On Wednesday, prices of copper increased due to Peru’s mines starting to transport products again after three months of protests.
Copper futures for May delivery rose by 0.54% to $3.99 per pound on March 08’s Asian afternoon session.
Las Bambas, which produces 2.00% of the world’s copper, was expected to reach the coast in the coming days.
According to analysts, they have the mining corridor practically unblocked. The easing of protests and road blockades should boost confidence in the sector. They added that mining firms were considering new investments.
Also, experts mentioned that it is essential that big companies invest in Peru. They expect copper production and exports to rise this year due to the country’s conflict in its final stage.
Furthermore, the government has identified $6.90 billion in mining investments this year and the next. This would be likely to consist of seven projects.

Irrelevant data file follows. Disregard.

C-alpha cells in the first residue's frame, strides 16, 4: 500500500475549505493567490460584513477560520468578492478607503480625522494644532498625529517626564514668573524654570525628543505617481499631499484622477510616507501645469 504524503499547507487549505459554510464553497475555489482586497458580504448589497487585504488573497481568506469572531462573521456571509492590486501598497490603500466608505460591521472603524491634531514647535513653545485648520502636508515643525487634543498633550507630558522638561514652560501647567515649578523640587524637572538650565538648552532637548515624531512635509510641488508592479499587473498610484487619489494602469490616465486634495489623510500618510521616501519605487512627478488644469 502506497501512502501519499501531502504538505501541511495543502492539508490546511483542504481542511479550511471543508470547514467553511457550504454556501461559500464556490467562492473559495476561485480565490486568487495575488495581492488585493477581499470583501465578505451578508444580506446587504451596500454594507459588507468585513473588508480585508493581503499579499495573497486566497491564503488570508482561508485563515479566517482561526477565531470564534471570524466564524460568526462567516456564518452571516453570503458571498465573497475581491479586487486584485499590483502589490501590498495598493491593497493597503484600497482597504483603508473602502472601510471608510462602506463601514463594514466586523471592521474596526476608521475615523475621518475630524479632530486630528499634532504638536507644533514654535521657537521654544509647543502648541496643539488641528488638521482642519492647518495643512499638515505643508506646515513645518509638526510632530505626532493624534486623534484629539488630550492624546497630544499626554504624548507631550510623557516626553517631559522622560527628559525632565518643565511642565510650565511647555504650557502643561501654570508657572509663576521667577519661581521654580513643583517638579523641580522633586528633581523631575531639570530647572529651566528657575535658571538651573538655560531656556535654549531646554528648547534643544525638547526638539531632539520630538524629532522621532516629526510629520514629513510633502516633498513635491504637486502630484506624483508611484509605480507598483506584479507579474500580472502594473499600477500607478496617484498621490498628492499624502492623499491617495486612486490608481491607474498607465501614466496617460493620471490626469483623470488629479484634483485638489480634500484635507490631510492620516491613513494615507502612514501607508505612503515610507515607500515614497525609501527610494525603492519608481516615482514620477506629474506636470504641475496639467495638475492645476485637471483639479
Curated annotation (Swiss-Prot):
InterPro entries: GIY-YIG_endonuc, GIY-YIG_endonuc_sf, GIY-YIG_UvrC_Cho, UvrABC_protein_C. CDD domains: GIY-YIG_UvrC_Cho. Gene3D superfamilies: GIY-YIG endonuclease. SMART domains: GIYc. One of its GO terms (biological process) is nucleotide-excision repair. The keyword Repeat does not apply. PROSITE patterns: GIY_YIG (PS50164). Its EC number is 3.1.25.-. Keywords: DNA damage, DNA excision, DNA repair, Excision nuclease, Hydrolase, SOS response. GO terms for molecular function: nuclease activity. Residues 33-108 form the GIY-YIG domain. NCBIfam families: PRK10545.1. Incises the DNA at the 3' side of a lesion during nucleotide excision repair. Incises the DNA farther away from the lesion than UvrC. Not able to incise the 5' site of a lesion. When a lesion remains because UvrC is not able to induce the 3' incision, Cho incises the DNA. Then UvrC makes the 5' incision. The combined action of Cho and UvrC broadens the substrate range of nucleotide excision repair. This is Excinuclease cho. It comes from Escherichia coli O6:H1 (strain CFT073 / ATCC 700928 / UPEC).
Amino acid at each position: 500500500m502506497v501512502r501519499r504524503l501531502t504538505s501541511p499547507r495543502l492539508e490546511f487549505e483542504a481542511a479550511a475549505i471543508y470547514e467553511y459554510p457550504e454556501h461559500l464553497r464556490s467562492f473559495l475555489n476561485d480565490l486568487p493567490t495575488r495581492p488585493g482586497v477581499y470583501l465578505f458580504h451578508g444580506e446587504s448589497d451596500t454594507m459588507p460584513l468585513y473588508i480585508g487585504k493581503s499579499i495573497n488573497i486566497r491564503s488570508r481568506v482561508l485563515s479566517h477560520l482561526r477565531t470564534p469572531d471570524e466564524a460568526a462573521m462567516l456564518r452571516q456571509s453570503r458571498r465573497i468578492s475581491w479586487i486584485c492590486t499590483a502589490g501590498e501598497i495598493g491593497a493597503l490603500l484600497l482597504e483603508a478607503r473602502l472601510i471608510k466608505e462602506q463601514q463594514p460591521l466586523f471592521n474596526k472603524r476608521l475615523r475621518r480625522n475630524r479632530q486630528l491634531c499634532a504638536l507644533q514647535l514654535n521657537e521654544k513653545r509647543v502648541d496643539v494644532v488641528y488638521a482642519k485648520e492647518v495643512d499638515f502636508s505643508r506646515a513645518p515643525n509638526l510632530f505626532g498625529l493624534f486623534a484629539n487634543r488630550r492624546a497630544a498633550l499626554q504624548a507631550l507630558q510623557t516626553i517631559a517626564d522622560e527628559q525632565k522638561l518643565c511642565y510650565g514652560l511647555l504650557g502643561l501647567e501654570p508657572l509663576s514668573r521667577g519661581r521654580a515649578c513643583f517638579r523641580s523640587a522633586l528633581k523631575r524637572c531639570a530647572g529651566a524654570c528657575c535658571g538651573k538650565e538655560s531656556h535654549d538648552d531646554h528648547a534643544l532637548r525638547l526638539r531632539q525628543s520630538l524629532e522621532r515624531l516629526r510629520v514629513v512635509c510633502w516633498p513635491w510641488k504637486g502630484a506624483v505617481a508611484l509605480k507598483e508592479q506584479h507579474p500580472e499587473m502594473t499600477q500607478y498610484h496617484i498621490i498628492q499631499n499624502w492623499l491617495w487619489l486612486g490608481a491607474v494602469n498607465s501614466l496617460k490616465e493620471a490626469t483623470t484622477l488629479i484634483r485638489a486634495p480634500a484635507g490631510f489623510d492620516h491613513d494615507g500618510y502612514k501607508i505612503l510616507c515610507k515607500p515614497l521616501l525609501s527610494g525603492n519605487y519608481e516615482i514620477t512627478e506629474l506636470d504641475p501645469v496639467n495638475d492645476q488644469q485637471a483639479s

Meanwhile, the protests sometimes led to sharp plunges from key mines like Las Bambas and Glencore. Nevertheless, the market’s analysis showed that activities are returning to normal since the lifted blockades.
However, some communities threatened to start new blockades focused on the mining corridor highway. The path is critical for the arrival of outputs and mines and the shipment of copper.
Producers of Copper Aims at a Zero Emission Target
By 2050, copper demands are forecasted to double to 50.00 million tons from 2020 levels. On Tuesday, the International Copper Association (ICA) set a target for members to cut direct and indirect emissions.
They plan to reduce 30.00% to 40.00% in 2030 and 70.00% to 80.00% by 2024 before reaching zero by 2050.
Furthermore, copper producers set to reduce emissions by decarbonizing the power supply. It can improve efficiency and scrap collection. Since production from scrap metal can be done by electricity, decarbonizing is easier.
Also, the ICA said the sector should be an attractive investment for profits utilizing social and environmental criteria.